3 Matching Annotations
  1. May 2019
    1. As it happens, he’d already done some work on coding theory—in the area of biology. The digital nature of DNA had been discovered by Jim Watson and Francis Crick in 1953, but it wasn’t yet clear just how sequences of the four possible base pairs encoded the 20 amino acids. In 1956, Max Delbrück—Jim Watson’s former postdoc advisor at Caltech—asked around at JPL if anyone could figure it out. Sol and two colleagues analyzed an idea of Francis Crick’s and came up with “comma-free codes” in which overlapping triples of base pairs could encode amino acids. The analysis showed that exactly 20 amino acids could be encoded this way. It seemed like an amazing explanation of what was seen—but unfortunately it isn’t how biology actually works (biology uses a more straightforward encoding, where some of the 64 possible triples just don’t represent anything).

      I recall talking to Sol about this very thing when I sat in on a course he taught at USC on combinatorics. He gave me his paper on it and a few related issues as I was very interested at the time about the applications of information theory and biology.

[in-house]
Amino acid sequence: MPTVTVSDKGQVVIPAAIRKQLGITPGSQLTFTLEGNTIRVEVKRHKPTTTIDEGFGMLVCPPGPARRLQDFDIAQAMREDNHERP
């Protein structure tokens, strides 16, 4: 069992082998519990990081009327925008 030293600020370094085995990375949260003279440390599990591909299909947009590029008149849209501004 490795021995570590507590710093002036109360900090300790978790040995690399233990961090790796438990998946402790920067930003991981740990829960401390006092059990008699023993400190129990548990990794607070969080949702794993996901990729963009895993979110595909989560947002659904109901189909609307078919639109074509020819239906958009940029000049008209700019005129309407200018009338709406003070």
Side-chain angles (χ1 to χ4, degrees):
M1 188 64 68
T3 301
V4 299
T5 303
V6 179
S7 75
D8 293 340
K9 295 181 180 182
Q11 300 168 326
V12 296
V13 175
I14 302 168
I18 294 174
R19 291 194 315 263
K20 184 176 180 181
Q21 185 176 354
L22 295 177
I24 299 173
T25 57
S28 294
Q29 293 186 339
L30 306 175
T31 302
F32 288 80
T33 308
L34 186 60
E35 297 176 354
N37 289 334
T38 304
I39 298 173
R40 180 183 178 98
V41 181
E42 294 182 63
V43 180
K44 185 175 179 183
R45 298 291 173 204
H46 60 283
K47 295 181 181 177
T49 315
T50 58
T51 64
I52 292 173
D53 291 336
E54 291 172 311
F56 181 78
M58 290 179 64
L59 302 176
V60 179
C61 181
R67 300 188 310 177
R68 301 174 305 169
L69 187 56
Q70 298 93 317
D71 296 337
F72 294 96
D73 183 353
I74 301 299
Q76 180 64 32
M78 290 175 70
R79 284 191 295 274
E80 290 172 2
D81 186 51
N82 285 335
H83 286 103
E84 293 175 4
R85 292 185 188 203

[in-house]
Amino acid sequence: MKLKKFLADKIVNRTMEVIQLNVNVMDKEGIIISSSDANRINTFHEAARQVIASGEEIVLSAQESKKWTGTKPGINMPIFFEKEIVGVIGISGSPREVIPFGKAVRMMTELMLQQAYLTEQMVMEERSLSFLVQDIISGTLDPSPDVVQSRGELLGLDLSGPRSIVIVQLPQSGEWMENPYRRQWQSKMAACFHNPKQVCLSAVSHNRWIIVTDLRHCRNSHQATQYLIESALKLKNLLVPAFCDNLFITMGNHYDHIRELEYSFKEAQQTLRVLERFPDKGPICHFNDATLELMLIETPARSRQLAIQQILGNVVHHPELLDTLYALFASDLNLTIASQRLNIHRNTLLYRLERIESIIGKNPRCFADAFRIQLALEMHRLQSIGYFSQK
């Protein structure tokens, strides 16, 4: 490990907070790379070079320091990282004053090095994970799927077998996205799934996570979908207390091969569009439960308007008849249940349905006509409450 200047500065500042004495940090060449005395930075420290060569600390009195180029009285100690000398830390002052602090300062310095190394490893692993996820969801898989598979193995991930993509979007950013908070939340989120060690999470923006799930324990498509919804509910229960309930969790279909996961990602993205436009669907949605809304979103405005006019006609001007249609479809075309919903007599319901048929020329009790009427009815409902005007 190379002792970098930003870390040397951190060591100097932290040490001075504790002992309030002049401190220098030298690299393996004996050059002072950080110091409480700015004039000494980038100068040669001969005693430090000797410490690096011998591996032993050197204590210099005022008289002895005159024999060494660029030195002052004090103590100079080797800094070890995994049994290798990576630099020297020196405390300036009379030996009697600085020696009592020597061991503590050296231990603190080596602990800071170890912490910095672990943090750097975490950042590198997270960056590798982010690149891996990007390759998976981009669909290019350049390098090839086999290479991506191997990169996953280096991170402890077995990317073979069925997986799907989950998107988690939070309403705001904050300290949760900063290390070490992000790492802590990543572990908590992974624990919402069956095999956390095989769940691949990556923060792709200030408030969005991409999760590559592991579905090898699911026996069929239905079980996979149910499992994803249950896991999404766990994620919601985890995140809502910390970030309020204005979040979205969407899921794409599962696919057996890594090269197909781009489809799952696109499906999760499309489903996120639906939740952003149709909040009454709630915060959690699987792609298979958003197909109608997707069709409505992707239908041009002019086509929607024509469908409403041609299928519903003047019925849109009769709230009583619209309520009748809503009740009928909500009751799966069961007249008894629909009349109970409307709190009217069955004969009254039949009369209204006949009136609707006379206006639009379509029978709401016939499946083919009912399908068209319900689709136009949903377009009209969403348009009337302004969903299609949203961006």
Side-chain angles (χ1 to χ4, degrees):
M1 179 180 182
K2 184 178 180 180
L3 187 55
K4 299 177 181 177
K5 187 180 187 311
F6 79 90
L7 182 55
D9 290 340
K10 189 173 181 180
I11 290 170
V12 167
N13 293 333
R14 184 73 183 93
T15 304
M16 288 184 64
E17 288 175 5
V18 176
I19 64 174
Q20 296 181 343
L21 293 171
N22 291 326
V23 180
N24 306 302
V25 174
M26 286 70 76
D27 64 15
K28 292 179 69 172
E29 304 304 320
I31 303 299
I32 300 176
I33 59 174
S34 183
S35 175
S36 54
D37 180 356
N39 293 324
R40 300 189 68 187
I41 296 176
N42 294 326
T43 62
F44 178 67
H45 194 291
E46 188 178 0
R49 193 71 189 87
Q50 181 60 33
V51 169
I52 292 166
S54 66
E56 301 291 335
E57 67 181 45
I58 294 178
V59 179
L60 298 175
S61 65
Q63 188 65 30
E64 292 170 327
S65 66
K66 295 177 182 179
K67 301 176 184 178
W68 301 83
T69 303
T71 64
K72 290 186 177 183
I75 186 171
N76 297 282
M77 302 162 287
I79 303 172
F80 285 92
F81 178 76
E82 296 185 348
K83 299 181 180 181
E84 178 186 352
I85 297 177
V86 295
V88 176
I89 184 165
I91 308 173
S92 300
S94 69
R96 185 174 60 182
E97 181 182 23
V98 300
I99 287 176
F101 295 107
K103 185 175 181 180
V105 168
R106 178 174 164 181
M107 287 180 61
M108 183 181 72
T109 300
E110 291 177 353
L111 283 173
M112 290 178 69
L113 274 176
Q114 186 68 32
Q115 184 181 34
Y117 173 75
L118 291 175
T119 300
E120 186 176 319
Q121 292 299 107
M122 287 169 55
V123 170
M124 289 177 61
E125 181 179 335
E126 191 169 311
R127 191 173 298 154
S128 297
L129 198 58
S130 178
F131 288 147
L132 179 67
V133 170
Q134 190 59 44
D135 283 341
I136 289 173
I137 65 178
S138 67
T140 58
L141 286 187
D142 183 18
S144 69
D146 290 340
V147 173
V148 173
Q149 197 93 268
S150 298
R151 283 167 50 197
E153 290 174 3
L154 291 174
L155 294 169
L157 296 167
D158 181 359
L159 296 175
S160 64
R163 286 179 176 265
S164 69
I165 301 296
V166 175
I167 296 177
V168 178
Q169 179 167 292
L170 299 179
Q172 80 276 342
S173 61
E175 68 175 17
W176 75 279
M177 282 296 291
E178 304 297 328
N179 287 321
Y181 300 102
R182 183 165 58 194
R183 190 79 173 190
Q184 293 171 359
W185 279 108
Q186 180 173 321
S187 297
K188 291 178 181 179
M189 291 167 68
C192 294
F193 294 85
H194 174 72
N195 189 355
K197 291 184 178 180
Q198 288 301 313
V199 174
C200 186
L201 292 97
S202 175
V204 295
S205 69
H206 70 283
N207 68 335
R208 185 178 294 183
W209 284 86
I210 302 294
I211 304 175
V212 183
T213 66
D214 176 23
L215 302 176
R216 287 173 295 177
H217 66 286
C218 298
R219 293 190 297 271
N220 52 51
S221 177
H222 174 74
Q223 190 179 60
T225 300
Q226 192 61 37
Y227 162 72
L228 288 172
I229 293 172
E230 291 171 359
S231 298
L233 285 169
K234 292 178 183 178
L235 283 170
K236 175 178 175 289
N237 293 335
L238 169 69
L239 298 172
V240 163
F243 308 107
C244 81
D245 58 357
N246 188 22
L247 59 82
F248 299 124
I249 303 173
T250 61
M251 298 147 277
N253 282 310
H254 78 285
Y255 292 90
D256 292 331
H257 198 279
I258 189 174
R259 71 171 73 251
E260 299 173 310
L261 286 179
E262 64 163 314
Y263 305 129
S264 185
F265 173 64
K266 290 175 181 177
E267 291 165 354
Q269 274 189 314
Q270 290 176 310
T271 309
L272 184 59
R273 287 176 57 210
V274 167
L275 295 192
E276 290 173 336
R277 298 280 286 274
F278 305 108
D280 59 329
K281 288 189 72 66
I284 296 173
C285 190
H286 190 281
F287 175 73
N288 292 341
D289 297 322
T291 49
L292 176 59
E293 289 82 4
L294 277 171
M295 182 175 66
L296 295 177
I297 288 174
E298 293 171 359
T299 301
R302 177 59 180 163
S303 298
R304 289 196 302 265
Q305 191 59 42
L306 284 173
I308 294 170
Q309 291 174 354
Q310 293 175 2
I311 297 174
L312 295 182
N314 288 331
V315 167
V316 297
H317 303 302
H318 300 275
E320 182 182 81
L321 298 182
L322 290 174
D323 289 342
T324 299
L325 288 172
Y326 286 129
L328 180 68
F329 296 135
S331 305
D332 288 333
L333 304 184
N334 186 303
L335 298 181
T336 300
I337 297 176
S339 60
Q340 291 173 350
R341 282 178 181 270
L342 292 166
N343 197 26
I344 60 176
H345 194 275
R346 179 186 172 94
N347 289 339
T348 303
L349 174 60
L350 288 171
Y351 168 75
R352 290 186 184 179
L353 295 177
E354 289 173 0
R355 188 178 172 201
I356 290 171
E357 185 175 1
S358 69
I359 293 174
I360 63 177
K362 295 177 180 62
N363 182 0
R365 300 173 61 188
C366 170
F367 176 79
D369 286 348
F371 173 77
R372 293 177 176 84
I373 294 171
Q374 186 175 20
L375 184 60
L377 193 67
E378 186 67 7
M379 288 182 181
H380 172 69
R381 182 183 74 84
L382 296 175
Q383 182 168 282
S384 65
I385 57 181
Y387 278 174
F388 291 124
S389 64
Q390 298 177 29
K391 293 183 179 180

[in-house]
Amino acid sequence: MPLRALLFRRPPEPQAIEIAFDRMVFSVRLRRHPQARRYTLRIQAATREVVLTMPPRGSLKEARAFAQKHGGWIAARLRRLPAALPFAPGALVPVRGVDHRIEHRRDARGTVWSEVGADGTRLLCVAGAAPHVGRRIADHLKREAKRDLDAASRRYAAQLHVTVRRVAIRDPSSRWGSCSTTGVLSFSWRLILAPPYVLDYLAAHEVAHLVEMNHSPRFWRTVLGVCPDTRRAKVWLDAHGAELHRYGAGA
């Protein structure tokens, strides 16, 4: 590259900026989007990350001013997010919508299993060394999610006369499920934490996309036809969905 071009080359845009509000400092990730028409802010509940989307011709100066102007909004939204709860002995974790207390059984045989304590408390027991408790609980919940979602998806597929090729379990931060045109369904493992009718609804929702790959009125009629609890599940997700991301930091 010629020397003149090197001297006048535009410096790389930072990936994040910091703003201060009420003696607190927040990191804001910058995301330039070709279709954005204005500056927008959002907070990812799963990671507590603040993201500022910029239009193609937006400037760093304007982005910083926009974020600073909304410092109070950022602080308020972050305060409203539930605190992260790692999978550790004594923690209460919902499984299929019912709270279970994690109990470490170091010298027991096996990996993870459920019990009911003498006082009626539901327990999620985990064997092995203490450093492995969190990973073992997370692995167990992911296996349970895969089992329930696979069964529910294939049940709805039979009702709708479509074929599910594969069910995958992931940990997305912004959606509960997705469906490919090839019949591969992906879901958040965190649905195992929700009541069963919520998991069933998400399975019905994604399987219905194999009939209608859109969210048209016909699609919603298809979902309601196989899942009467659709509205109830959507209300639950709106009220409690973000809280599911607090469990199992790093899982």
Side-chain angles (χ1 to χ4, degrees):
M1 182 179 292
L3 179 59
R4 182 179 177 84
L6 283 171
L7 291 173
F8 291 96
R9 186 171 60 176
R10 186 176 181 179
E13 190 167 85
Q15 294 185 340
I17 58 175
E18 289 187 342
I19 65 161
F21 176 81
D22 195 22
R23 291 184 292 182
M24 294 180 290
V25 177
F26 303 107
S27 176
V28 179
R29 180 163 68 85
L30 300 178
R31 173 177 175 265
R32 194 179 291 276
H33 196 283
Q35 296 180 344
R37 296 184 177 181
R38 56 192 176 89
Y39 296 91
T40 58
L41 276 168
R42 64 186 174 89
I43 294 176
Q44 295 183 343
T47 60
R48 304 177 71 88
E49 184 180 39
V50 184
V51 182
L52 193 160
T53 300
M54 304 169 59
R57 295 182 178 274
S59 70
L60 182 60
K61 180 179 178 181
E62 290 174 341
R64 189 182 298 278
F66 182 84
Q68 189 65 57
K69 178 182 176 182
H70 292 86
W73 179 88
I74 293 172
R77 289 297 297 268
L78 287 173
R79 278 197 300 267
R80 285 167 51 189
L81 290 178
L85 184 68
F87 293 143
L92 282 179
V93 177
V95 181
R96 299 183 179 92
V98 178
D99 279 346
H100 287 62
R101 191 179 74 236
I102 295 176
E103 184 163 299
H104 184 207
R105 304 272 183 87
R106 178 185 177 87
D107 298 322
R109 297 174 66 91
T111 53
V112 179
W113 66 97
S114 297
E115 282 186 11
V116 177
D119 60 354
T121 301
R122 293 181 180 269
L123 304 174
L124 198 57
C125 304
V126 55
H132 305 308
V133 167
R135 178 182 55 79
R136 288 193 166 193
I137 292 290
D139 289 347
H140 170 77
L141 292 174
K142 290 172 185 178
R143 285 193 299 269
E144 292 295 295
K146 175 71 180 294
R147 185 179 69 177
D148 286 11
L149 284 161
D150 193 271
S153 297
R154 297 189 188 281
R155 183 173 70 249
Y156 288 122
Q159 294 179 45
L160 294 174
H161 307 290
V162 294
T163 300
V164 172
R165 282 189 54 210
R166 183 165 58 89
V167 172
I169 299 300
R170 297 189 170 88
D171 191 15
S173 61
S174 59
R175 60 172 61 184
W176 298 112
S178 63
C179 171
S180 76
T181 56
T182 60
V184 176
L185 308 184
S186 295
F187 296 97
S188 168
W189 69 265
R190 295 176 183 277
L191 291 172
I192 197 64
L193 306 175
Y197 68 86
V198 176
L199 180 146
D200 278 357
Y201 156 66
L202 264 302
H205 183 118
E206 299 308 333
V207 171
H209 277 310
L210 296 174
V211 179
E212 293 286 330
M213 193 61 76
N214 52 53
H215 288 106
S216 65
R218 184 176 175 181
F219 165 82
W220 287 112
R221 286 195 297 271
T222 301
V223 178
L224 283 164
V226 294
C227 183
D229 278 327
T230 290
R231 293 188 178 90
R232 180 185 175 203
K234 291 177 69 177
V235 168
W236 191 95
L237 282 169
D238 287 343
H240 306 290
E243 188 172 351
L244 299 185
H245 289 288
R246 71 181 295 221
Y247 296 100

I'm glad I managed to sit in on the class and still have the audio recordings and notes. While I can't say that Newton taught me calculus, I can say I learned combinatorics from Golomb.

    2. Despite all his contributions to the infrastructure of the computational world, Sol himself basically never seriously used computers. He took particular pride in his own mental calculation capabilities. And he didn’t really use email until he was in his seventies, and never used a computer at home—though, yes, he did have a cellphone.

      Ha! I should take a little bit of pride here as I was the one that helped Sol to finally set up and get his email working. I'd have to look, but I suspect that it wasn't until around 2004ish when I saw him somewhat regularly and frequented his and Bo's annual Christmas parties.

    3. in June 1955 he wrote his final report, “Sequences with Randomness Properties”—which would basically become the foundational document of the theory of shift register sequences.